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The Role of Ethnic Relations and Education Systems in Migration from Southeast Asia to Australia

Gerard Sullivan and S. Gunasekaran
Sojourn: Journal of Social Issues in Southeast Asia
Vol. 8, No. 2 (AUGUST 1993), pp. 219-249
Stable URL: http://www.jstor.org/stable/41056862
Page Count: 31
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Since scans are not currently available to screen readers, please contact JSTOR User Support for access. We'll provide a PDF copy for your screen reader.
The Role of Ethnic Relations and Education Systems in Migration from Southeast Asia to Australia
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Abstract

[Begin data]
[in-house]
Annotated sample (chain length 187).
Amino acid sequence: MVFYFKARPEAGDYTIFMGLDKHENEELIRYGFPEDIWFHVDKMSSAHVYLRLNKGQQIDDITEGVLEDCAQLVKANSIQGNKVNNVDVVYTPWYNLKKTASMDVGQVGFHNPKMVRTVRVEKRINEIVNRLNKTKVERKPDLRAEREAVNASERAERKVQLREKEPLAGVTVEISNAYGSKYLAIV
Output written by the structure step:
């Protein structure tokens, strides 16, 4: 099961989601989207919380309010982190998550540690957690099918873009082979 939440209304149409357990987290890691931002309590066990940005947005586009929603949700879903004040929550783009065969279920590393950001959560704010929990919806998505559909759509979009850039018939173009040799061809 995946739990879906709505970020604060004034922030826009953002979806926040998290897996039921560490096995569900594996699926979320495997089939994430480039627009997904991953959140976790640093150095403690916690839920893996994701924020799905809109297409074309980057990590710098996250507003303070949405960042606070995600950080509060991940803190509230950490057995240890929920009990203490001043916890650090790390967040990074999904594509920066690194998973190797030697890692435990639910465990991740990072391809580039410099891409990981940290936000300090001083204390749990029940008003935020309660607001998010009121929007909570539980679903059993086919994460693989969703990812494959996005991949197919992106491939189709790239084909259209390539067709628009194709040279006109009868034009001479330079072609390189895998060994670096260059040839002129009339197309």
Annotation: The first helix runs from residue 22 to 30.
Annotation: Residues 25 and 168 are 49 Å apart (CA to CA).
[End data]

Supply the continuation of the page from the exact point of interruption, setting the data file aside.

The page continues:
This article describes the pattern of Southeast Asian migration to Australia and analyses the role of structural factors, such as ethnic diversity, as determinants of emigration. A short history of Asian immigration to Australia which discusses Australian government policy towards Asian immigrants is followed by a stock analysis of Asian-born residents in Australia which compares their socio-economic and demographic characteristics with the total Australian population. Flow data provide a picture of contemporary Hong Kong and Southeast Asian migration to Australia between July 1983 and May 1988. Ethnic relations and politicaleconomic circumstances in these sending countries are examined as motivating factors for emigration. Potential emigrants from Singapore and Malaysia report that concerns about the long-term economic and political security and stability of small states are very important. Besides these factors, educational and career opportunities for their children are primary among their considerations. Many emigrants exhibited a sophisticated knowledge of their likely place in Australian society and have formulated strategies to cope with likely adversities. Many are prepared to accept downward occupational mobility which is compensated in part by better opportunities for their children and greater earning power.

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